I don't fully understand the situation to be honest....all I can think of to comment is to quote Dickens'
"Annual income twenty pounds, annual expenditure nineteen pounds nineteen and six, result happiness. Annual income twenty pounds, annual expenditure twenty pounds ought and six, result misery."

Hope difficulties won't affect you personally though, WWW.

Wish we could find a motel like the one you describe with yummy breakfast on offer instead of the terrible cardboard bread and pastries of the average "continental" breakfast on offer in motels generally. I often wonder which "continent" they refer to! ;-)

Fri Feb 05, 12:06:00 PM GMT-3:30  
Blogger Twilight said...

(Forgot to say Dickens' Mr. Micawber)

Fri Feb 05, 12:07:00 PM GMT-3:30  
Blogger Wisewebwoman said...

Oh T:
Were there ever words as true as Dickens. And to think that a garbage incinerator started poor Harrisburg on the slippery slope of destitution! I'm going to write for the local paper on this subject of garbage, we are literally and figuratively drowning in it.
Re Hburg Bfast:I'm going back to when the kids were younger and American service (still is, I suspect) was so much better than Canadian.
And I so agree on that abomination called 'continental'.

Fri Feb 05, 12:41:00 PM GMT-3:30  
Blogger Annie said...

Bankruptcy is the coming thing at both the state and municipal levels in the USA, and probably here too. In some cases mismanagement, but in a lot of cases just the next round of the current economic breakdown. I suspect that Harrisburg is as much a victim of "Wall Street and all the banks, law firms, advisers and consulting firms" as Jefferson County, Alabama (soon-to-be largest US municipal bankruptcy).

Don't bother changing banks, they're all involved one way or another. We are so screwed.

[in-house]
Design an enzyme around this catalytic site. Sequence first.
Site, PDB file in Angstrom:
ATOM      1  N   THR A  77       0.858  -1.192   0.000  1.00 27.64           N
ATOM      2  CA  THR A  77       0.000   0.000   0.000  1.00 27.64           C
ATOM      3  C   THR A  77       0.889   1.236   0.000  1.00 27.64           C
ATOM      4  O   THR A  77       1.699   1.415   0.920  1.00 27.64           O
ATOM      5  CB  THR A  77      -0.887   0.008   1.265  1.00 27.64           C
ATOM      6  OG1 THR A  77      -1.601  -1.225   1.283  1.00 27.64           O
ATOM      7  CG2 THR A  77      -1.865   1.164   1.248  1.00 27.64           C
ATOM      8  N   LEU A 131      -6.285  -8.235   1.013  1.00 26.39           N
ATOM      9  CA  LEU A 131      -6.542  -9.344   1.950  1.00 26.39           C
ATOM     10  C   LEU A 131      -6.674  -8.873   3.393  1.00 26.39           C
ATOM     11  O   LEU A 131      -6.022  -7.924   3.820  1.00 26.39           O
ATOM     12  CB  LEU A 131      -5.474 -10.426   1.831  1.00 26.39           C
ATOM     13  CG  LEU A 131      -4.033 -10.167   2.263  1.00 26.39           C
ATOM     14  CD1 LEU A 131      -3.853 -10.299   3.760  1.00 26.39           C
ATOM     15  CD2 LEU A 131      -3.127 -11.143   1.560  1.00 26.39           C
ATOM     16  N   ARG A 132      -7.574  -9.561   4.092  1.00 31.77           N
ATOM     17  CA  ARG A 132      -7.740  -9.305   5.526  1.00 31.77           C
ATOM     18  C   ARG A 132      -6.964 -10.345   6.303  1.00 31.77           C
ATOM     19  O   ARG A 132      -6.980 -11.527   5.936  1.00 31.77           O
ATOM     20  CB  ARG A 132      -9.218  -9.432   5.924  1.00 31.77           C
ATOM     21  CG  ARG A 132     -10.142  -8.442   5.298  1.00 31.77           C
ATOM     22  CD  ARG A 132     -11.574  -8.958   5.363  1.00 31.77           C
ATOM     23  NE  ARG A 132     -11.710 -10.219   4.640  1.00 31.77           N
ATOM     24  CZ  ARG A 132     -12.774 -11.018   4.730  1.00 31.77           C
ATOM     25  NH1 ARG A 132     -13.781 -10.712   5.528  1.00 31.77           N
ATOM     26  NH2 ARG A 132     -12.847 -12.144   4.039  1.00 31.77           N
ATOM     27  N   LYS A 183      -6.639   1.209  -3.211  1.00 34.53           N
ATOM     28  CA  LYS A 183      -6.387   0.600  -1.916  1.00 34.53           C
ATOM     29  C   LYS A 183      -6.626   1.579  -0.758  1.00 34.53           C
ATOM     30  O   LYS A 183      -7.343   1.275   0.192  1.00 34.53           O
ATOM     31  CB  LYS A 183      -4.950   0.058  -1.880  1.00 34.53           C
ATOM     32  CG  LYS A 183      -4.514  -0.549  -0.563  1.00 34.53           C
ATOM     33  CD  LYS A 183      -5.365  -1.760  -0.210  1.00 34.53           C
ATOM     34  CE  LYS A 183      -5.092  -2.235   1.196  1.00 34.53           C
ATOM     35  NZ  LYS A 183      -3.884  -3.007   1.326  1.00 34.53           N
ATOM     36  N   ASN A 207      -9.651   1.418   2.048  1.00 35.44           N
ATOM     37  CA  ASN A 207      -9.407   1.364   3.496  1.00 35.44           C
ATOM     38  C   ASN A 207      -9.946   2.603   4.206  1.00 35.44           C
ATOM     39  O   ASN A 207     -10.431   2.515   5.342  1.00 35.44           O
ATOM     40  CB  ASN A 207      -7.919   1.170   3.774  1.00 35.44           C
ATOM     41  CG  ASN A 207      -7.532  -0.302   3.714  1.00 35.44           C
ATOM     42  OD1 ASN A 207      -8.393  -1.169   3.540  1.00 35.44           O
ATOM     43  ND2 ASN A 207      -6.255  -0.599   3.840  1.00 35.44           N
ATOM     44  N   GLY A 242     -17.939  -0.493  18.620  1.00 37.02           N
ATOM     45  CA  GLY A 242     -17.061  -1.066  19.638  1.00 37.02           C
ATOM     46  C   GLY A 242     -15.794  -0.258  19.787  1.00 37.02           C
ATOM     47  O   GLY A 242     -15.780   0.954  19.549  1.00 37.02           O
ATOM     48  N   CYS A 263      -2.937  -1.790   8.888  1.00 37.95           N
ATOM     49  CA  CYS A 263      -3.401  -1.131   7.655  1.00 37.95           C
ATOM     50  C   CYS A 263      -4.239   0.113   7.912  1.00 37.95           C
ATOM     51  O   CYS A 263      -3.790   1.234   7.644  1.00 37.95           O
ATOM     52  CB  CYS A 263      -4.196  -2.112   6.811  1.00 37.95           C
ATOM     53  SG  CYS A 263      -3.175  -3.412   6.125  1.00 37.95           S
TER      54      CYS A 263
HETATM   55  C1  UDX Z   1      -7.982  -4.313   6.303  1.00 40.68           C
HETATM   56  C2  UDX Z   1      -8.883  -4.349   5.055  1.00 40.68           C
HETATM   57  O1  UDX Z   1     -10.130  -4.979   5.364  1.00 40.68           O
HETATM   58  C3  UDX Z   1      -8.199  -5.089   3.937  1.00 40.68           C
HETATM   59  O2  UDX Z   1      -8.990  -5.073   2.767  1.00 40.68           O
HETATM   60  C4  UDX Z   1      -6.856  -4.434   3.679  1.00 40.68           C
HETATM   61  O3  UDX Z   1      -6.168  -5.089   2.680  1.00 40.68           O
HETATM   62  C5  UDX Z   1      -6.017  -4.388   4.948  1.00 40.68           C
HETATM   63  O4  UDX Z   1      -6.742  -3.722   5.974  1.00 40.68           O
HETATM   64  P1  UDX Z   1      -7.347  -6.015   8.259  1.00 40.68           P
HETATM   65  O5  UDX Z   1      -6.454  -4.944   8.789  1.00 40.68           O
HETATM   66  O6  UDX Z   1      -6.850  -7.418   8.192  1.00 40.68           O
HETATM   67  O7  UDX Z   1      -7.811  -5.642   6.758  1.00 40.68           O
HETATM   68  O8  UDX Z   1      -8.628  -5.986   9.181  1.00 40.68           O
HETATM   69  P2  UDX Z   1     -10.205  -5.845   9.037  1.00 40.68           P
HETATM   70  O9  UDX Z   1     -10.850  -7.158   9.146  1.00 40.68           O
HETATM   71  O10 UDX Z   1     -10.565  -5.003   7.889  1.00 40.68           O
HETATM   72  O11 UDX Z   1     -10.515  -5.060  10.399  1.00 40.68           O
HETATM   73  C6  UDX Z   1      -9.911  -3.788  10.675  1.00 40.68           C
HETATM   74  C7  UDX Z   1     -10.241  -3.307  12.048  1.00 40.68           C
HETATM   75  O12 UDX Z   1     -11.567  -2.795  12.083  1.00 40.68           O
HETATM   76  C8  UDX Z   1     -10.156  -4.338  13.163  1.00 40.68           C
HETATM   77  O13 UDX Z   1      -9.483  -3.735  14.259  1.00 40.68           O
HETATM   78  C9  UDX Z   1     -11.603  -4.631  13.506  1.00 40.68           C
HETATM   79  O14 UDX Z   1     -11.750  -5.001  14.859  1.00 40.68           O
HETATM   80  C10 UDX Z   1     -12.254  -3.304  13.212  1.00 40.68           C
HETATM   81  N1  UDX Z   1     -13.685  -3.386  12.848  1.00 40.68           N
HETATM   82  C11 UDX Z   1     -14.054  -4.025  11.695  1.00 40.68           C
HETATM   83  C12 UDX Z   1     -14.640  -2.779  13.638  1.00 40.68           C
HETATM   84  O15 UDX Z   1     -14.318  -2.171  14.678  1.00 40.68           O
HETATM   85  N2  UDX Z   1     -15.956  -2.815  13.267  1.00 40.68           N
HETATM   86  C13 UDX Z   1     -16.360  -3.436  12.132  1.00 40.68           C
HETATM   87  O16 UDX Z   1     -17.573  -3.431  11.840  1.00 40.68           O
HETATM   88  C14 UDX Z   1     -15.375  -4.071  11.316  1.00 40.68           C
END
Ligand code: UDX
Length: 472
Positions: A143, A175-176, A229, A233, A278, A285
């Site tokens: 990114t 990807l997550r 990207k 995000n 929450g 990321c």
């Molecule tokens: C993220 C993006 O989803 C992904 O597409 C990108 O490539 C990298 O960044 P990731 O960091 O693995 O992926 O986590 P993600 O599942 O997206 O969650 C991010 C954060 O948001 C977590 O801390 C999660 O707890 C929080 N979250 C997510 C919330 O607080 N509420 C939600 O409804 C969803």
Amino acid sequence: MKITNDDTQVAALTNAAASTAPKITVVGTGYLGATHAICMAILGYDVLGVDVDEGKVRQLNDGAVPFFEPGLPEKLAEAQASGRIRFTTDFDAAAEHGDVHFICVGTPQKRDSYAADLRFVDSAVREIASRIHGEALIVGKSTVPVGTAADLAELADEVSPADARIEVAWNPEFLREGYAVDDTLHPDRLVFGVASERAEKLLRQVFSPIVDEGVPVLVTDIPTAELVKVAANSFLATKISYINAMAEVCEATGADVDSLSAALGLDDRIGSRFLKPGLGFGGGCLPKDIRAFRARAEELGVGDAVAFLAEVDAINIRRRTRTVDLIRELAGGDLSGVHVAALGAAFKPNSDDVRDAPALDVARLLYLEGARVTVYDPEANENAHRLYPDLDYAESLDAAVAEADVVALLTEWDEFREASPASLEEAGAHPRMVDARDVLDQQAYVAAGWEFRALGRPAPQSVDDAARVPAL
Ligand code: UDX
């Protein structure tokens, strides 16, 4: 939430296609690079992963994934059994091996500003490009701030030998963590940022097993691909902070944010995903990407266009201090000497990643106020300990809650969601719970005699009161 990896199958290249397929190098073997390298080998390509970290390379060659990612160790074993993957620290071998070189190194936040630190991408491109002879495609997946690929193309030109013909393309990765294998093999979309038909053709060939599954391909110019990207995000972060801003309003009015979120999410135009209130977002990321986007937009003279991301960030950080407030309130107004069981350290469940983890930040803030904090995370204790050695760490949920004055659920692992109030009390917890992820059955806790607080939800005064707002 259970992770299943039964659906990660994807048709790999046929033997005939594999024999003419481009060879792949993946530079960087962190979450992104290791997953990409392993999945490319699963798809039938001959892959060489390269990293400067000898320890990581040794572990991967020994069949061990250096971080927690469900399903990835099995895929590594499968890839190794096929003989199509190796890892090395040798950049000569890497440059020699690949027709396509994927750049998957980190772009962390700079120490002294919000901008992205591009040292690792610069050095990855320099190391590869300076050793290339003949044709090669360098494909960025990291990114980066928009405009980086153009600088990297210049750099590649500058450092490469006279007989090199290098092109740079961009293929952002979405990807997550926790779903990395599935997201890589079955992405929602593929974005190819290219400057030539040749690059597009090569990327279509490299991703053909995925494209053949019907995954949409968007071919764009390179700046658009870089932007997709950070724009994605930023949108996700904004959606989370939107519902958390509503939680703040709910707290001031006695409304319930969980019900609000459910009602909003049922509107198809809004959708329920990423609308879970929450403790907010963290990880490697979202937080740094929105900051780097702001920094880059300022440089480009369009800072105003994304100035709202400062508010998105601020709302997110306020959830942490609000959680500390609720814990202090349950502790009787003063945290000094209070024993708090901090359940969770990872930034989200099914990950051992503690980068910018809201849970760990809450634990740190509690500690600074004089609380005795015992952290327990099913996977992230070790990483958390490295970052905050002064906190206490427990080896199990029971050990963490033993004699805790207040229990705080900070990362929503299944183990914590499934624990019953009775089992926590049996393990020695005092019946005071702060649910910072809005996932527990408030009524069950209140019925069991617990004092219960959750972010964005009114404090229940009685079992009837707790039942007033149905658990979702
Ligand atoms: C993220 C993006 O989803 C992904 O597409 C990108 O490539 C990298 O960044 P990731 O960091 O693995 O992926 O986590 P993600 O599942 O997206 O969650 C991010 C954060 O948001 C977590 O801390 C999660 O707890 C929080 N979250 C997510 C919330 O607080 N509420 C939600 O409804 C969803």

So fahgedda boutit, enjoy that good grub while you can, we is all gonna die...

Speaking of grub, when are we doing lunch again? 8-D

Fri Feb 05, 02:15:00 PM GMT-3:30  
Blogger Wisewebwoman said...

I think that governments are too terrified of letting us know what's really going on, Annie. It it totally the emperor wearing no clothes.
Even out here where we're rolling in money, all the plans are for EXPANSION rather than RETRENCHING.
I'm in town from 14th - 28th of this month, what is your schedule like. Are you on FB?

Fri Feb 05, 02:55:00 PM GMT-3:30  
Blogger Jo said...

I do find it utterly mind boggling that a city or state can be bankrupt, but I can see how it can happen. (particularly if the authority has investments that then go bad - a huge number of UK local authorities had issues when money that they had invested ended up in Icelandic banks which then went under)

I feel sorry for the folk who live there - they will end up having higher taxes (which will inevitably hit the worst off the most), and the city is likely to have to make people redundant - and I can't imagine that the high flying execs are going to do themselves out of a job when there's all those binmen and social workers who aren't necessary...

Sat Feb 06, 12:53:00 AM GMT-3:30  
Blogger Wisewebwoman said...

It's funny this Jo, as I'm currently writing on the major mistakes other cities have made in this unstoppable and catastrophic expansion which can only mean unpayable debt and the destruction of the infrastructure of cities.
And the Fearless Leaders, as you say, will dispose of the little people rather than cut back on their own astronomical salaries.

Sat Feb 06, 01:24:00 PM GMT-3:30